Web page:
What am I talking about? This time it’s “McLeod’s Daughters,” an Australian series that aired in the early 2000s. It was quite popular there, and now it’s available on Amazon Prime. The story takes place on a cattle and sheep ranch called Drover’s Run in the Australian Outback. A feminist “Bonanza,” one writer called it. Owner Jack McLeod having died, it is run by his daughter Claire. Soon her half-sister Tess, who grew up elsewhere, moves in. Along with workers Meg, Jody and Becky, the women run the ranch and get into all kinds of adventures and romances. The scenery is beautiful, the people are beautiful, the horses are beautiful. What’s not to love?

Next door to Drover’s Run is the Killarney ranch, where the handsome Ryan brothers Nick and Alex live with their irascible father and society maven mother. They have an assortment of handsome employees, too. The folks from the two ranches are always visiting, borrowing things, helping each other, and getting together at the Gungellan Pub. They also do cattle drives, shear sheep, and fix a lot of fences. They deal with thieves, droughts, sick cattle, and a shortage of money, but they always come out all right. And of course, the men and women fall in love.

The series lasted eight seasons, with 32 episodes per season. That’s a lot of video to watch. Over the years, characters left and new ones came in. Rodeo queen Stevie moved in to take Claire’s place. Tess and Nick moved to Argentina. Cousins Grace, Jaz and Regan moved in and out and back in again. Meg went off to write a book; Moira moved in. Toward the end, viewers complained that it was too much of a soap opera. Agreed. But by then I was so hooked, I took a morning off to watch the last two episodes. I couldn’t wait all day.

I didn’t want to risk finding out what was going to happen until I had seen it all. Early on, I looked up one of the actors and found out something terrible was going to happen. No! I don’t want to know these things in advance. So yesterday, after I watched the end, clutching my dog for fear the good guys would be killed at the last minute, I prowled the net looking things up. I learned that most of the cast changes happened because the actors decided to leave. I learned that the show waned in popularity the last two seasons. The “where are they now” features were unsettling. Everybody looked different. Wait, is that Stevie on an episode of Baywatch? Where’s her cowboy hat and red hair?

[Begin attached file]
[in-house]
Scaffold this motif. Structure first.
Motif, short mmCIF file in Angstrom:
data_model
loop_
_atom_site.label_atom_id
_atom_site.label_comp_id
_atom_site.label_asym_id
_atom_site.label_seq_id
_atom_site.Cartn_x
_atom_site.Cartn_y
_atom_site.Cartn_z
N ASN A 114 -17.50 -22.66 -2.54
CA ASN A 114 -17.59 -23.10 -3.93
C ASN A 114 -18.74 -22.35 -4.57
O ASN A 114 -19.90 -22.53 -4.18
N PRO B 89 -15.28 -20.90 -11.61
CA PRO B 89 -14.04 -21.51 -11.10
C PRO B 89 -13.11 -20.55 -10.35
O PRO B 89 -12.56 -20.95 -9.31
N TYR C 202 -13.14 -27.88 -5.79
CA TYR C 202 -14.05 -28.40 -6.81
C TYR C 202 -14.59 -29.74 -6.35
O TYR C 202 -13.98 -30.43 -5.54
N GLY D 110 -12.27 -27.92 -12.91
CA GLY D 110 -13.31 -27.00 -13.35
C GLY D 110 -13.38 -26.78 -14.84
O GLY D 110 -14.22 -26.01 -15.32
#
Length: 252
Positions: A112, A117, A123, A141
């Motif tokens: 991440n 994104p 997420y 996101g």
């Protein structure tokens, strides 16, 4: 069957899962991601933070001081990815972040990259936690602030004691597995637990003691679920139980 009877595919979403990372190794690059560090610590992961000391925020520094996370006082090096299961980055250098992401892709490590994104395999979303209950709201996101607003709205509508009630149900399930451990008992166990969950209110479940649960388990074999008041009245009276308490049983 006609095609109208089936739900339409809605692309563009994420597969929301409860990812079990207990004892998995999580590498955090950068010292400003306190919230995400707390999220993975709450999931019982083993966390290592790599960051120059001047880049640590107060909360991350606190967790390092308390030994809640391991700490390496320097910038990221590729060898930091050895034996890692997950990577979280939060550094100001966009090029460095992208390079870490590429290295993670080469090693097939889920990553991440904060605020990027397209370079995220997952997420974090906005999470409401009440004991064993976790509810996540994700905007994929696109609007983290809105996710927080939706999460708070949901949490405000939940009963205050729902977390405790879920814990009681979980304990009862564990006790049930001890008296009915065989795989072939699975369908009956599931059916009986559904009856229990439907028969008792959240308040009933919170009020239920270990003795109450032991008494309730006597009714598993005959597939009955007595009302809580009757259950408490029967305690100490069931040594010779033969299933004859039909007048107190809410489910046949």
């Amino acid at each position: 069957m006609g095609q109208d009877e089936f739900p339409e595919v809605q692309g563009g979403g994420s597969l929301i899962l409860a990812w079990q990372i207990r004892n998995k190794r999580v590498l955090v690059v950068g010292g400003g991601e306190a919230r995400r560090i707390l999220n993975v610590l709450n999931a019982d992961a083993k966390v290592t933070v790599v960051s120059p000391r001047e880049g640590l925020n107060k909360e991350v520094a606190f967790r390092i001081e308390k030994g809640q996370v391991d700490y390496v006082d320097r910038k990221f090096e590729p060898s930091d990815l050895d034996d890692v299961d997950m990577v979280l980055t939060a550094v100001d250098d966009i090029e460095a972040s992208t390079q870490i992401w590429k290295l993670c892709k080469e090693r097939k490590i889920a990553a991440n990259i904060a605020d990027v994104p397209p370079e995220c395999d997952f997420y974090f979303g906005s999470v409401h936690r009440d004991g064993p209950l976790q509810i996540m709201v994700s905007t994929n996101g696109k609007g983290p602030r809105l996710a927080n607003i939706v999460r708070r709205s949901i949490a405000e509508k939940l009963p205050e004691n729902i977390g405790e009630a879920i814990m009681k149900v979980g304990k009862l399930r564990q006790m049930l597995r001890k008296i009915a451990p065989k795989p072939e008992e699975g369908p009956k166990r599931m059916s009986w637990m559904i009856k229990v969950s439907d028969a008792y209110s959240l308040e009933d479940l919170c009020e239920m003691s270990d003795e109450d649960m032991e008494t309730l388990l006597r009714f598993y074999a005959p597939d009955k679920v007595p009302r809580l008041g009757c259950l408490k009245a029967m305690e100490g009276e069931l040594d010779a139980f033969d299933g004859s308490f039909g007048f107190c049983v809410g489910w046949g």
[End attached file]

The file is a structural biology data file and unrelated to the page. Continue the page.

I had it bad. It was not the first time. Ask me about “Downton Abbey” or the “Gilmore Girls.” Or “Offspring,” another Aussie series.

I don’t have a “smart” TV. I watch these things on my Kindle Fire tablet. Yeah, it’s small. I forget that after a few minutes. Annie and I curl up on the love seat, and the hours go by. Unlike dramas on the broadcast networks, where you watch one episode and then wait a week for the next, I can watch one after another. There are no commercials. If I need a break, I can pause the video. But I don’t want to.

Am I addicted? Probably. But my doctor says I can’t drink, I don’t want to do drugs, and I don’t have much of a social life, so it’s a safe outlet.

Things have been crazy in my real life lately. My father’s condition is getting worse by the day. After trying to talk with him on the phone every night, I’m usually frustrated because his hearing is so bad he misses most of what I say, and there’s not much I can do. I can’t fix his legs that don’t work anymore. I can’t improve the care or the food or heal his wounds. Nor can I be with him every day. I’ll be heading back to San Jose next week. Meanwhile, I send myself to Drover’s Run, where no one is ever alone, help is always on the way, and you can always count on your “mates.”

When trouble at work is keeping me awake, I send my mind off to Stevie and Alex’s wedding. The horses, the gowns, the vows; was there ever anything so beautiful? When I despair of getting enough pre-orders for my upcoming book (Gravel Road Ahead, order here), I think about how Meg’s book got published so easily. Soon she was signing copies all over the country. I can be like Meg.

Fiction.

Thank God for made-up stories that make us feel better. What makes the TV networks think we want to watch game shows and reality shows all summer? We don’t. Please, take us away from reality for a while.

When I write fiction, it takes me away. I can create my own Oregonian version of Drover’s Run. I guess I did that with my novel Up Beaver Creek. And now that I have left Drover’s Run, I think maybe my time was not wasted. I have some new ideas for PD and her friends.

I need to take a break from the videos for a while to clear my head and write my own stories, but I know I’ll get hooked on another series.

What about you? What shows do you binge-watch? Can you watch one episode and move on? Is it okay to escape reality this way for a while? Come on, share your guilty video pleasure.